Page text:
Serious Eats: Drinks
Hangover Helper: Burmese Red Pork Stew at Tasty n Sons in Portland, OR
Burma probably isn't the first place your mind jumps to when you think of hangover food, and it's doubtful that rice, pork shoulder, and chili oil are your brain's first associations with brunch. Yet the Burmese red pork stew ($10) at Tasty n Sons in Portland, Oregon, fits the bill mightily, quashing the pounding in your skull with a hearty, spicy, and extremely satisfying bowl of protein that's delicious any hour of the day.
Developed by Portland food god John Gorham (owner of Portland's premier tapas restaurant, Toro Bravo, and refined watering hole Interurban Tavern) after learning the family recipe of a Burmese friend, the Tasty n Sons' version of the dish earned national fame with a spot on Bon Appétit's Most Interesting Breakfasts in the Country.
A cube of fatty pork belly and several hunks of tender pork shoulder first spend several hours in a marinade of soy sauce, sesame oil, and chili oil. The meat next undergoes a long braise in a syrup of caramel, garlic, ginger, and chili paste before it's ladled on a bed of steamed white rice. The dish gets a touch of Portland (or is that Portlandia?) with the addition of chopped egg pickled in honey, soy sauce, and star anise. A second egg draped over the pork to allow the yolk to spill over everything beneath it completes the stew and helps nudge it a little closer to the breakfast end of the meal spectrum.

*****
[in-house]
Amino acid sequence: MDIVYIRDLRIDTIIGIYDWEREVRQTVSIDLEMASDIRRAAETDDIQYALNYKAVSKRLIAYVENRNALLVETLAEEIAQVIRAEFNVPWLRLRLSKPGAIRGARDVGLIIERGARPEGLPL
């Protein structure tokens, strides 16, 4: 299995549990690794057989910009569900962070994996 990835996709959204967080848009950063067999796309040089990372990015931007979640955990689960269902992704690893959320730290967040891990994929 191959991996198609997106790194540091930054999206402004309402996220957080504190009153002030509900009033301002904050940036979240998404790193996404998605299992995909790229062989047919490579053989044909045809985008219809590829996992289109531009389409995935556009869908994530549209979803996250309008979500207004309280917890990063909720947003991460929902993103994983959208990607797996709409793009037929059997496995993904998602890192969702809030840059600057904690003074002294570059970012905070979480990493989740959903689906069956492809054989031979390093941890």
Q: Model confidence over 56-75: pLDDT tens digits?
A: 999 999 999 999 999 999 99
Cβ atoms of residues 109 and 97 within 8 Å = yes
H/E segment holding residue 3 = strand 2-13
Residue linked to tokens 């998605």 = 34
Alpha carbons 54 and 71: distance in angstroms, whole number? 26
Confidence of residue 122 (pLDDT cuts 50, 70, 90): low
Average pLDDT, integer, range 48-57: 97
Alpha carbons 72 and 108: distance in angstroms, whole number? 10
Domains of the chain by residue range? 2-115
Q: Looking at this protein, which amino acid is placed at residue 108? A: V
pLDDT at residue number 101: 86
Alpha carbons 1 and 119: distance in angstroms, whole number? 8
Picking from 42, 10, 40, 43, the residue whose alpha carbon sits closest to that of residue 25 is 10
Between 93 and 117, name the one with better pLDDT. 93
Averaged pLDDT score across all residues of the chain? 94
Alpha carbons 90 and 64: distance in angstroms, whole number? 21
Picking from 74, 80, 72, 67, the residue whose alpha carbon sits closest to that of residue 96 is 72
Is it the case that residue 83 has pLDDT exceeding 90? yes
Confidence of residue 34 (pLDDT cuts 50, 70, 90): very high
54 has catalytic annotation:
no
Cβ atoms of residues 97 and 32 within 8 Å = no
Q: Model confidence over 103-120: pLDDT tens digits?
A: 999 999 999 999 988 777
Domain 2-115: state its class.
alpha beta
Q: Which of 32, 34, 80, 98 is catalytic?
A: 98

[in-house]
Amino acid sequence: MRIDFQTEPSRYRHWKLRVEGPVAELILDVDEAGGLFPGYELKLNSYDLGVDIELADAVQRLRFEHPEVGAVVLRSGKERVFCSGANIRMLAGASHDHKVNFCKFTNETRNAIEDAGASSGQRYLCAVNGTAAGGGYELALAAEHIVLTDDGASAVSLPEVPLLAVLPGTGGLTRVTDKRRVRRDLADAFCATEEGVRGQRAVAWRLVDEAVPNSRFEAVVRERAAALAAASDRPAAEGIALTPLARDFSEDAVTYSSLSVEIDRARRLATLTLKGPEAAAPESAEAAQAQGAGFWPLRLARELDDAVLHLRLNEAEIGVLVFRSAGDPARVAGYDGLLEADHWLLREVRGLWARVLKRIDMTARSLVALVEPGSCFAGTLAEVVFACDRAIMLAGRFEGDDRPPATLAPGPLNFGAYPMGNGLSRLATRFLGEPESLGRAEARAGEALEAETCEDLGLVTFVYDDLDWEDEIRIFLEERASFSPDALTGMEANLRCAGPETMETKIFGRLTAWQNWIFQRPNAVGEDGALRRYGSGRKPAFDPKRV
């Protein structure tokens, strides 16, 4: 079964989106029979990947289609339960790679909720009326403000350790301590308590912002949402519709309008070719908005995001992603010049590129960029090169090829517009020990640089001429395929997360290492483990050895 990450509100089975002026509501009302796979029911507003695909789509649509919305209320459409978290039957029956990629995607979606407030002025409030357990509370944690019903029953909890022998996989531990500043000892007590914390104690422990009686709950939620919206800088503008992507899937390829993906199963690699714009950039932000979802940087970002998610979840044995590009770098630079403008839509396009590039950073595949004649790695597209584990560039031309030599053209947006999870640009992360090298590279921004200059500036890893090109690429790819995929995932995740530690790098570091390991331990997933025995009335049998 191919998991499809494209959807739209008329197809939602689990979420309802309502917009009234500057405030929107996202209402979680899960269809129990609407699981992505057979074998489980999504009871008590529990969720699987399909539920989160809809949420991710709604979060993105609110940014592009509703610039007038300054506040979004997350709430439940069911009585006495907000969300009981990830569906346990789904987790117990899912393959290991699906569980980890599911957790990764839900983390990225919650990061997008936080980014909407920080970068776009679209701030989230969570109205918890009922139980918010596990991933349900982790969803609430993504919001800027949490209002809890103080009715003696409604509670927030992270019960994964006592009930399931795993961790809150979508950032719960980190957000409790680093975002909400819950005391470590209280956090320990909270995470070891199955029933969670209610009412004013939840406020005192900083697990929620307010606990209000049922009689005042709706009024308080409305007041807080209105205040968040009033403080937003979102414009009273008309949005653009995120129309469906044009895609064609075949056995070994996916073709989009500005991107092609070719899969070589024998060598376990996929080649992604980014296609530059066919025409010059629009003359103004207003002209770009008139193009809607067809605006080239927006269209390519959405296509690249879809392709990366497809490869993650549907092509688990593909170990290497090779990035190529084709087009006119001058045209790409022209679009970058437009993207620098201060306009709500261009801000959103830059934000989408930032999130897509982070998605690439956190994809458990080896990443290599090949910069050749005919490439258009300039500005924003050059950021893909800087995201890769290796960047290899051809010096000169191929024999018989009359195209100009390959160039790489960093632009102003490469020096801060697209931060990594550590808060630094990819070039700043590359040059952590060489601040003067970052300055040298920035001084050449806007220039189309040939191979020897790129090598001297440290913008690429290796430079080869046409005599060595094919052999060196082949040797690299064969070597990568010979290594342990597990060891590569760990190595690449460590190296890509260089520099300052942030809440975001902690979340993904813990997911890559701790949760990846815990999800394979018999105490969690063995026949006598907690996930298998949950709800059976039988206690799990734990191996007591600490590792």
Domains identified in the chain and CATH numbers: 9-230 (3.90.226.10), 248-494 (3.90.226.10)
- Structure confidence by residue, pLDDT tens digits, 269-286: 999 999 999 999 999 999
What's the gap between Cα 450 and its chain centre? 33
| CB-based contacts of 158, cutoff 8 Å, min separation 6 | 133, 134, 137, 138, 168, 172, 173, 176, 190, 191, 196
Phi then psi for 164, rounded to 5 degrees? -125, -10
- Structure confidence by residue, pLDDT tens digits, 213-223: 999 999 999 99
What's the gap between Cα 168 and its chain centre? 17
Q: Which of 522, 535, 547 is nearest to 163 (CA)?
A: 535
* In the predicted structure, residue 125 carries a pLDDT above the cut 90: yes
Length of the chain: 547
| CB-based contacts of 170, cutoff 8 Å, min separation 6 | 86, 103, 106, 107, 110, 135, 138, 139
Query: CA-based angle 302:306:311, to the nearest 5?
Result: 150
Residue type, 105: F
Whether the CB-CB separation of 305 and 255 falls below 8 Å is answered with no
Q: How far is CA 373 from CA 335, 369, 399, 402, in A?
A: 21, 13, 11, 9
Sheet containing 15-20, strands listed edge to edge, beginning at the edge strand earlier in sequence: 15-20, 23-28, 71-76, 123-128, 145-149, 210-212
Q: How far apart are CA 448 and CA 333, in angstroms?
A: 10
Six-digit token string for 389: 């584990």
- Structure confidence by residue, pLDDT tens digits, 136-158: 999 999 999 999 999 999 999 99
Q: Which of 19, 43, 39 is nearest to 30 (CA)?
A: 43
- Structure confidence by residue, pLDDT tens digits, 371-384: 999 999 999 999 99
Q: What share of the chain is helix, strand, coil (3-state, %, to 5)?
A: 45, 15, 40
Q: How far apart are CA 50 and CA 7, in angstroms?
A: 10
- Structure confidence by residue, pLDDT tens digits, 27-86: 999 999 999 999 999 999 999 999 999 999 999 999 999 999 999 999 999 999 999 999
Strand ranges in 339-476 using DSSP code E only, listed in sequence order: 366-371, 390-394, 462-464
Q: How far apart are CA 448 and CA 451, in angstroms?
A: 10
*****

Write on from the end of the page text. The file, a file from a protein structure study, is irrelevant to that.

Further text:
There are a lot of flavors at play in this dish, but the sweetness of the glaze on the pork (think of the sticky red sauce on sesame beef/pork/chicken at a good Chinese restaurant and you're not far off) shines through brightest. The heat of the Calabrian chiles follows the sugary braise with a mild burn on the tongue. Bits of the pickled egg, tasting heavily of the soy brine but not overpoweringly so, are interspersed perfectly with the meat and seem to pop up in spoonfuls of the stew at all the right moments. The pork is served with enough of the sauce for it to seep down and penetrate the deepest grains of rice, ensuring even the meatless portions of the dish are packed with flavor. This is the kind of food that warms the soul and leaves your body sighing contentedly.
Don't feel like driving/flying/hitchhiking all the way to Portland to try Gorham's stew? You're in luck! Bon Appétit has the full recipe for you here. Just be sure to make it ahead of time in anticipation of your night of boozing, unless you have the miraculous willpower to wait out the six-hour marinade with your brain on fire.
Tasty n Sons
About the author: Adam Lindsley is a Pacific Northwest-based writer, musician, and the author of the pizza blog, This Is Pizza. You can follow him at @ThisIsPizza on Twitter. Astonishingly, he really enjoys burgers, pizza, beer, and doughnuts.